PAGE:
However, despite the factors that seem to be conspiring against it, the construction industry moves at a very fast pace and is an ever-changing entity. Whilst legislation is forever altering, new techniques, technology and methods are developing to keep up. With the development of new practices, new jobs in construction are perpetually being created. In the UK, the Home Office has released figures stating that the three Construction Jobs that are most lacking in applicants are those for transportation and highways engineering, ground engineering and contaminated land specialists. With major infrastructures and building developments taking place in the South East of the UK, such as the 2012 Olympics and the Thames Gateway regeneration, construction recruitment in this area is set to soar. Britain’s Olympic Games will have 30 venues and a budget of 2.3 billion. It also has a non-negotiable, absolute completion date. As that date draws nearer, the construction industry will find itself heavily in demand as pressure and expectation rise. 2012 promises to be an important year for this industry and many are looking upon it as a chance to showcase its talents.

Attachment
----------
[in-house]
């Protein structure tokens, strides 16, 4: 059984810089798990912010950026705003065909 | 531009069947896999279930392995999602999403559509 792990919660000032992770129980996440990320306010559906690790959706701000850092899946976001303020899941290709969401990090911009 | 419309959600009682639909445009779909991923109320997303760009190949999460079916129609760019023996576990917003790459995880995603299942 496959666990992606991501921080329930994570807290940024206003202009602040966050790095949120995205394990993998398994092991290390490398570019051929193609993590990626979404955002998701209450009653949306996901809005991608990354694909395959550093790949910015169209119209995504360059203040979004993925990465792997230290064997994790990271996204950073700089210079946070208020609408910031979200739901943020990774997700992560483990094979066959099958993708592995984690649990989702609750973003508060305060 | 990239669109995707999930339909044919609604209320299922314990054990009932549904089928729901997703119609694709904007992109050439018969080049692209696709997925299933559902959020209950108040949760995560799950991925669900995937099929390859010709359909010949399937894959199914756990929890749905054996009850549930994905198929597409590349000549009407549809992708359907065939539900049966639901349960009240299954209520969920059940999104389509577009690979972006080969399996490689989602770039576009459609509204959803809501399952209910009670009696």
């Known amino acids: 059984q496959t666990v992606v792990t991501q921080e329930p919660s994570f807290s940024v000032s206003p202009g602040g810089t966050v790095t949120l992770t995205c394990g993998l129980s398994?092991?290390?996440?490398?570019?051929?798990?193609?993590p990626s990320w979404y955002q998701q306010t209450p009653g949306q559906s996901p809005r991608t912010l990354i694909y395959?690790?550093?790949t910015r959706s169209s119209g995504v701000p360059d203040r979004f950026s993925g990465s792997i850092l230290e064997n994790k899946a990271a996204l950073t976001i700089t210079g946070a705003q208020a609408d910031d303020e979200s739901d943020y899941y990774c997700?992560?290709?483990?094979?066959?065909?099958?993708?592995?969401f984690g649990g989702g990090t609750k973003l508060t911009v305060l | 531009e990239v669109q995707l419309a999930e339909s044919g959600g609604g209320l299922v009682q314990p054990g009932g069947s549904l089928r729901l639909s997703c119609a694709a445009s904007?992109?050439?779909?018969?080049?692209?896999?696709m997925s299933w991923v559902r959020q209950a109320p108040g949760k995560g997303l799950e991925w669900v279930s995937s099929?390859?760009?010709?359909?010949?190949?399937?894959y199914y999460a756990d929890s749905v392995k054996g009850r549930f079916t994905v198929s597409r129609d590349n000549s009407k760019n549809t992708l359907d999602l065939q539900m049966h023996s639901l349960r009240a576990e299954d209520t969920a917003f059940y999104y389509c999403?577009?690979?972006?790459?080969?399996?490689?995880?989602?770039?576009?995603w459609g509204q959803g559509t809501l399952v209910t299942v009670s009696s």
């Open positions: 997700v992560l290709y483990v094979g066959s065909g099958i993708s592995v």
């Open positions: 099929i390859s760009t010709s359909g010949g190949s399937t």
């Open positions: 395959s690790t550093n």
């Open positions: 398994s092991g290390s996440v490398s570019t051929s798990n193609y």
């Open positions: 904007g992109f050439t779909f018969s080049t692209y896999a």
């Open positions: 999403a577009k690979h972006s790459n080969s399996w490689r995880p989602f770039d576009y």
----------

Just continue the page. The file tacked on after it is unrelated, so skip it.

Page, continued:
Of course, construction takes place across the globe and this gives workers a chance to travel as well as work. Construction jobs require large teams of people all working to a common goal and, while the lifestyle can be quite temporary, many get used to it and find it a liberating existence. Some projects are short-term, whilst others can last for years such as the construction of an oil refinery.

Ten Tips For Staying Employed In The Construction Industry

Ever wonder why some in construction manage to work year-round while others seem to bounce from contractor to contractor? “What’s their secret?” you might ask. Are they just lucky? Perhaps, but there are some things you can do to even the odds.

Did you know that most Foremen know exactly who they are going to let go weeks before they ever hand out a pink slip? It’s a standard practice in construction to make a “Lay off List” with the names of the workers on a crew in order of production. Call it a “Head Count”, a “Lay off List”, a “Totem Pole”–call it whatever you like, but you’re on it. The real question is, “Are you on the top or the bottom”?